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Review: In ‘Cadillac Crew,’ a Road Trip Through Racism and Erasure


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Review: In ‘Cadillac Crew,’ a Road Trip Through Racism and Erasure


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That includes Abby (Dria Brown), who went to college with two of the murdered women, and Dee (Ashley Bryant), whose daughter is among the first to integrate a local school. Rachel and Sarah likewise have family secrets lined up on the runway for revelation.

But the revelations, and the positions that emerge from them, are often abstract. “I need to believe that I’m possible,” Abby says.

And as the play’s style becomes more episodic and telegraphic once the women hit the road, the thread of character reality sometimes gets dropped. By the time we leap 52 years to a wild coda involving a podcast called “Uncovering American Herstory,” we’ve lost the Richmond foursome altogether.

That’s part of Ms. Sampson’s point. The names and specific traits of the women shunted to the backbench of the movement, even though they were often on the front lines of violence, are mostly lost to us. And that loss keeps happening today.

So it’s significant that in the podcast scene, when Ms. Bryant, Ms. La Tour and Ms. Brown play Patrisse Khan-Cullors, Alicia Garza and Opal Tometi, the founders of Black Lives Matter, they are able to own their agenda openly as black women, two of them further identifying as queer.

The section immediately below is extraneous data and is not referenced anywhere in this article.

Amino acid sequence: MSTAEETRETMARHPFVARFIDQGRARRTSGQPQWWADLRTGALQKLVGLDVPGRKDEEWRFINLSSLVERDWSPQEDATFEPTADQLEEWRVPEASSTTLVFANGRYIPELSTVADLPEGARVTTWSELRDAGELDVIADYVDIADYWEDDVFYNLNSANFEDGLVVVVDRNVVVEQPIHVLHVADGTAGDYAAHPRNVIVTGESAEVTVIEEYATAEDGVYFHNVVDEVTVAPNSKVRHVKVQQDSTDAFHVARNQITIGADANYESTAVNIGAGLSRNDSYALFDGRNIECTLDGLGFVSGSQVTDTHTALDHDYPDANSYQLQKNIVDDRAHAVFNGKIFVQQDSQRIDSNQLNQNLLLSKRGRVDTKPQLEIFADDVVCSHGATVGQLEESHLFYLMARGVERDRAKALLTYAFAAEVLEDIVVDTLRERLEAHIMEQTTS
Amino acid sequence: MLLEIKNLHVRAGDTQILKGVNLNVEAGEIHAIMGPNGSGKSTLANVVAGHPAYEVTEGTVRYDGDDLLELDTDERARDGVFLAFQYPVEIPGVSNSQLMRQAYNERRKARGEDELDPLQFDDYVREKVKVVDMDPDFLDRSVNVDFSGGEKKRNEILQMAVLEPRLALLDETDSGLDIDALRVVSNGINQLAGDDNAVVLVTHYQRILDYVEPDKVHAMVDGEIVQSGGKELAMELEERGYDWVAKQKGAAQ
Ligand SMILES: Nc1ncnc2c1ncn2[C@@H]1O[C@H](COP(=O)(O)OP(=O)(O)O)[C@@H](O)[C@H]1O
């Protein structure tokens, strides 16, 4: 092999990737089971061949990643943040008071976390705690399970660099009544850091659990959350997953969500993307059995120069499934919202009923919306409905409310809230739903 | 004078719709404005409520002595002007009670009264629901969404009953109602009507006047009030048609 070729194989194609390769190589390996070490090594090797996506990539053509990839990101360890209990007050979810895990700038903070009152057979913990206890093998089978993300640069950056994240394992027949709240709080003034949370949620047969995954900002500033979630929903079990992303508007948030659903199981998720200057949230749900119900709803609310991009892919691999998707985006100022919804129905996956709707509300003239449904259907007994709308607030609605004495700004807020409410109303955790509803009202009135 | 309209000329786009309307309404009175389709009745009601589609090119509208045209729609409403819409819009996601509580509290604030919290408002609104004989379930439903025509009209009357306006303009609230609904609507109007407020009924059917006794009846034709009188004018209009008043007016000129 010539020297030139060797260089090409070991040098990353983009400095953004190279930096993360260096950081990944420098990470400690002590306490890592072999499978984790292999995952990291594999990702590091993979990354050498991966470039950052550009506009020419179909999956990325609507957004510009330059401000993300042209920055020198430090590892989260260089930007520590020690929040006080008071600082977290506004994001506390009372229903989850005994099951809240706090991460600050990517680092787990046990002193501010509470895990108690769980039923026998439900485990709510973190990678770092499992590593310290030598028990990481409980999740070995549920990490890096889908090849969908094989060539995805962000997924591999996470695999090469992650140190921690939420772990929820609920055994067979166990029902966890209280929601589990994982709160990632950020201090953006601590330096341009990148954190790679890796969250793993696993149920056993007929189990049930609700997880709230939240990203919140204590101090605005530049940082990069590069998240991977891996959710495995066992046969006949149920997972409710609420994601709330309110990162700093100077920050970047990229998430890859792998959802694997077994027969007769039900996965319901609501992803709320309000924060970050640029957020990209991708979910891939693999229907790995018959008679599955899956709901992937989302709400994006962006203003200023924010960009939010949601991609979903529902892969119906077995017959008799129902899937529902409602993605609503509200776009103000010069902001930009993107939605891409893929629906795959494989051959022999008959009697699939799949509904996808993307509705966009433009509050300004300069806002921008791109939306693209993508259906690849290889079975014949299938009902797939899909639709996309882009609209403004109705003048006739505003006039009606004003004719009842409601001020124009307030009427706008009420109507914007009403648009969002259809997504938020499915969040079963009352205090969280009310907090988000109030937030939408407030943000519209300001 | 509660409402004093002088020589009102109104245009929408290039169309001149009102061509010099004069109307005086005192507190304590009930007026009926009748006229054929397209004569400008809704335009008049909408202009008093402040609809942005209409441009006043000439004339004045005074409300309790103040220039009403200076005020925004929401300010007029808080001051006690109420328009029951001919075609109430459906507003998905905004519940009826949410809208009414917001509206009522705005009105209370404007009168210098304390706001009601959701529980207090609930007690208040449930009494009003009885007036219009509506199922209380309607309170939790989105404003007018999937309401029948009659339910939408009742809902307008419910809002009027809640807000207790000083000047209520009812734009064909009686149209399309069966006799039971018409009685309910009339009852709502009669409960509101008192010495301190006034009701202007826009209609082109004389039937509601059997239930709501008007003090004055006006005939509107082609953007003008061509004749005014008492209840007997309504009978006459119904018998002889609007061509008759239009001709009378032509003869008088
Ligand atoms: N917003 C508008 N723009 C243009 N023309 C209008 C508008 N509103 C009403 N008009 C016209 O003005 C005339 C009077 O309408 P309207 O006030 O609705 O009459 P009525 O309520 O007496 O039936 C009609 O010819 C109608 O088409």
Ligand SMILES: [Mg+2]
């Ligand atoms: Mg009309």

If their jargony speechifying didn’t work for me, the powerful contrast with 1963 did. That’s one of Ms. Sampson’s gifts: She is uncowed by supposed rules of construction, unafraid of genre-switching to make a point. In her professional playwriting debut, a delightful work whose title I’ll abbreviate as “If Pretty Hurts,” she made a hairpin turn near the end that deepened everything that came before it.

“Cadillac Crew,” a more ambitious play, is not yet hitting all its marks. Directed by Jesse Rasmussen and Ms. Sampson herself, both recent graduates of the Yale School of Drama, it often seems too eager to escape the gravity of drama, heading toward oratory or agitprop. A stronger production might indulge such moments less — not because what they say is politically outré or objectionable, but because it is not. Even a fine cast like this one has trouble thrilling us with what we already know.

That’s why “Cadillac Crew” is at its best when thrilling us with what we don’t. It names names we need to hear, even if most of them are, of necessity, invented.

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